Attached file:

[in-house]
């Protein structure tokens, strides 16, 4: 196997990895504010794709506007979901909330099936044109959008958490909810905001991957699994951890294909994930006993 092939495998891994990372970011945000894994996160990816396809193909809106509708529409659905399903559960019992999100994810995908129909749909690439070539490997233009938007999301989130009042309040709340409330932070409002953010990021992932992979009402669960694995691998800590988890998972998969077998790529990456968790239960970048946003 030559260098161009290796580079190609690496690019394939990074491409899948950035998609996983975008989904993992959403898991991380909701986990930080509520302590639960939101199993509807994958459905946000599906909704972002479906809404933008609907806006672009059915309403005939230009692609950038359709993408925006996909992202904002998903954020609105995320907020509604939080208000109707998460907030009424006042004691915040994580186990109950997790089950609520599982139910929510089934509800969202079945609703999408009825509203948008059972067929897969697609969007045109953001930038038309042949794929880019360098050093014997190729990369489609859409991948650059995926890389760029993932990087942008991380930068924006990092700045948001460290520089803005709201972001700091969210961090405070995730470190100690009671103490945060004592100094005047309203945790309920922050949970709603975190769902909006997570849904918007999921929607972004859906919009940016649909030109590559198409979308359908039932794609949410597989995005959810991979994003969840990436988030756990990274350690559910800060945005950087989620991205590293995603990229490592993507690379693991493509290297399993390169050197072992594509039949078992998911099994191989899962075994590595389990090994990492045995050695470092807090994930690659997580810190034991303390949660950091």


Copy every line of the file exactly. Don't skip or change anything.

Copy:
[in-house]
């Protein structure tokens, strides 16, 4: 196997990895504010794709506007979901909330099936044109959008958490909810905001991957699994951890294909994930006993 092939495998891994990372970011945000894994996160990816396809193909809106509708529409659905399903559960019992999100994810995908129909749909690439070539490997233009938007999301989130009042309040709340409330932070409002953010990021992932992979009402669960694995691998800590988890998972998969077998790529990456968790239960970048946003 030559260098161009290796580079190609690496690019394939990074491409899948950035998609996983975008989904993992959403898991991380909701986990930080509520302590639960939101199993509807994958459905946000599906909704972002479906809404933008609907806006672009059915309403005939230009692609950038359709993408925006996909992202904002998903954020609105995320907020509604939080208000109707998460907030009424006042004691915040994580186990109950997790089950609520599982139910929510089934509800969202079945609703999408009825509203948008059972067929897969697609969007045109953001930038038309042949794929880019360098050093014997190729990369489609859409991948650059995926890389760029993932990087942008991380930068924006990092700045948001460290520089803005709201972001700091969210961090405070995730470190100690009671103490945060004592100094005047309203945790309920922050949970709603975190769902909006997570849904918007999921929607972004859906919009940016649909030109590559198409979308359908039932794609949410597989995005959810991979994003969840990436988030756990990274350690559910800060945005950087989620991205590293995603990229490592993507690379693991493509290297399993390169050197072992594509039949078992998911099994191989899962075994590595389990090994990492045995050695470092807090994930690659997580810190034991303390949660950091």